Germany’s speaker welcomed the adoption, which marked a milestone in negotiations on Council reform, by and for all States that favoured progress. The President and the Chair had steered States through “lively” discussions, especially on 14 and 15 May. He expected that the Chair would continue his unbiased work, based on the positions forwarded by States, as compiled in the framework document, circulated in the 31 July letter. It was standard practice to have a facilitator to coordinate positions in a membership-driven process, he said, adding that all States would be served by that idea through today’s decision. He welcomed that more than 120 States had contributed to the framework document, a text that would form the basis for intergovernmental negotiations on Council reform.
The delegate from Poland welcomed today’s decision, which built on work carried out in past months. It was pivotal that the text had been adopted by consensus, which showed the Assembly’s ability to overcome differences. In the current session, important steps had been taken to accelerate negotiations. Poland was committed to Council reform and would contribute to discussions, he said, reiterating that its position on the need to grant a non-permanent seat to the Eastern European Group remained valid. He looked forward to continued negotiations in a positive spirit.
Pakistan’s representative, aligning with the Uniting for Consensus Group, supported the oral decision to continue with Council reform. Today’s decision was a technical rollover for a continuation in the process, she said, citing the President’s inability to say that a “limited” dialogue had substituted for an intergovernmental process in 2015. Reform could be achieved only with a genuine consensus. The agreed objective of intergovernmental negotiations was a negotiated solution with the widest possible political acceptance. This year had seen a “flawed” process, she said, adding that the Chair’s actions were arbitrary and no attempt had been made to reflect or bridge divergent views. The process had been marked by confrontation and could not provide the basis for a negotiated solution. However, the oral decision did acknowledge the need to build on documents given to the President by the Chair. Pakistan expected more consideration of its views, as outlined in the 11 September letter. Those who had sought to use procedural manoeuvers to advance efforts would not succeed; that was different than agreeing on substance. She praised discussion at the Rome meeting as the one bright spot this year, as it outlined that Council reform required compromise. For its part, Pakistan would draw on the spirit of that meeting to revive the process in the next session.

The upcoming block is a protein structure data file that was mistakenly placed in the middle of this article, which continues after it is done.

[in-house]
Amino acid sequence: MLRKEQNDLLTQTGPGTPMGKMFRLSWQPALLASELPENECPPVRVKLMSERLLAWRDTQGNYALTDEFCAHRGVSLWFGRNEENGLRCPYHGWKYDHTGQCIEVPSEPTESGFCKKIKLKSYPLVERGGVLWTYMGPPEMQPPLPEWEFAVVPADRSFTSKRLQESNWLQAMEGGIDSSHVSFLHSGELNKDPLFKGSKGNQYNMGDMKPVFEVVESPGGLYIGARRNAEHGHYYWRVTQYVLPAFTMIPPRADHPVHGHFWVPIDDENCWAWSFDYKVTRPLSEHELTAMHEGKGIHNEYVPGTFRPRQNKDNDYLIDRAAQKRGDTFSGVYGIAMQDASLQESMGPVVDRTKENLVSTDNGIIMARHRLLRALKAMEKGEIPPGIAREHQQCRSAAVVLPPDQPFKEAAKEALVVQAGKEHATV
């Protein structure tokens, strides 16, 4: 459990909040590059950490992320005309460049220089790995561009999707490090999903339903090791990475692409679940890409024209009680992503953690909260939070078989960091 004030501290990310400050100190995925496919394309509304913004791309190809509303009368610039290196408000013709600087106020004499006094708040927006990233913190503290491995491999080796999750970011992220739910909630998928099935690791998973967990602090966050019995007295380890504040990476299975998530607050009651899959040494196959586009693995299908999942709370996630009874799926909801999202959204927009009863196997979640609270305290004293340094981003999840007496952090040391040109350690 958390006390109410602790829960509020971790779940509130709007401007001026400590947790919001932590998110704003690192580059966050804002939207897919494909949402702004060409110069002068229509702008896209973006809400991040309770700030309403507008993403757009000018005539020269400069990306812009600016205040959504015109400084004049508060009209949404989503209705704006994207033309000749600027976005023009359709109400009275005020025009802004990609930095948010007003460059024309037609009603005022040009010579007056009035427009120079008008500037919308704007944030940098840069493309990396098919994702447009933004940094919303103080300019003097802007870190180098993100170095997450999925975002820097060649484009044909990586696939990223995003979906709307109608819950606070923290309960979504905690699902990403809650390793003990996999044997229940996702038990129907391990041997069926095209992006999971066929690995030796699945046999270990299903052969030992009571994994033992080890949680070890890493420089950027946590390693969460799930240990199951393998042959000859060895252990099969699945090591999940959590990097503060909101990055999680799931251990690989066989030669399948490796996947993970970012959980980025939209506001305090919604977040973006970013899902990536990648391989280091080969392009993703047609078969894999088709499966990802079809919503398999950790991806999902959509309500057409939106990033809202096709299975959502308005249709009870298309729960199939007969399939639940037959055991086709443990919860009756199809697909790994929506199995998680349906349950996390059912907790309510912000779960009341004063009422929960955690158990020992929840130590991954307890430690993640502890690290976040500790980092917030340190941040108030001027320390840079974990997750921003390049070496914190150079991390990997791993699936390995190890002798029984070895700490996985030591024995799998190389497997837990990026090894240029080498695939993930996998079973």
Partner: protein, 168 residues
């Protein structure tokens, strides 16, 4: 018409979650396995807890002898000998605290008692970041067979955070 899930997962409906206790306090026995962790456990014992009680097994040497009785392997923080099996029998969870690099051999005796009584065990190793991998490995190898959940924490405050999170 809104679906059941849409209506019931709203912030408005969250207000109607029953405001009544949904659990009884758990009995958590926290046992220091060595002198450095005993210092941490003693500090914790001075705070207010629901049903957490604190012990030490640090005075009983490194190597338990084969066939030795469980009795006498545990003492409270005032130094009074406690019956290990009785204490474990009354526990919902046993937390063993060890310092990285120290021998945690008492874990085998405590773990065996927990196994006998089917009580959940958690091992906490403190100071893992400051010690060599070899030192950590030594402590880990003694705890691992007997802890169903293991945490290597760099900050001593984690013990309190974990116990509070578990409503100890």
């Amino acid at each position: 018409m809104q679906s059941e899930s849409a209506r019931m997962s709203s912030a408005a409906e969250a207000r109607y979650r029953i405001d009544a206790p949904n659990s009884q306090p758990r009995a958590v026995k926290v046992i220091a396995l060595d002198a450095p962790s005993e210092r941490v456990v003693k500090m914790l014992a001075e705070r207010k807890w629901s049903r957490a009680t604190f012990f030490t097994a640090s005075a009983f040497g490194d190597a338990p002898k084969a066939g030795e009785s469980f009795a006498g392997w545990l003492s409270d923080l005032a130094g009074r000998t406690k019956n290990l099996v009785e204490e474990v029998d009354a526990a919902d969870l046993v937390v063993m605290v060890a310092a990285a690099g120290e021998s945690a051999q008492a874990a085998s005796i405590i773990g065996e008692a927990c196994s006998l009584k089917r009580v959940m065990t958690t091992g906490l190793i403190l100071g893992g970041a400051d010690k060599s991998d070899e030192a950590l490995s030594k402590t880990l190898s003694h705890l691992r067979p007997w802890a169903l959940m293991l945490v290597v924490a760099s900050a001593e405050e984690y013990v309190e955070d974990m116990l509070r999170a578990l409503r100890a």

The speaker from Spain said the Assembly had just adopted its annual technical rollover decision on the subject of Council membership. Spain had joined consensus in order to participate constructively in the work of the Assembly, but his delegation did not support the content of the decision in full. There were procedural shortcomings in the text as it was submitted in too much hurry without a full consultation. There were also serious problems with the content. The decision overlooked the contributions of the previous sessions of the General Assembly, which had spent more than 20 years discussing the reform issue. To say that the process was only beginning now was adolescent behaviour. Spain hoped that the upcoming period of the Assembly would bring forth a constructive negotiation process.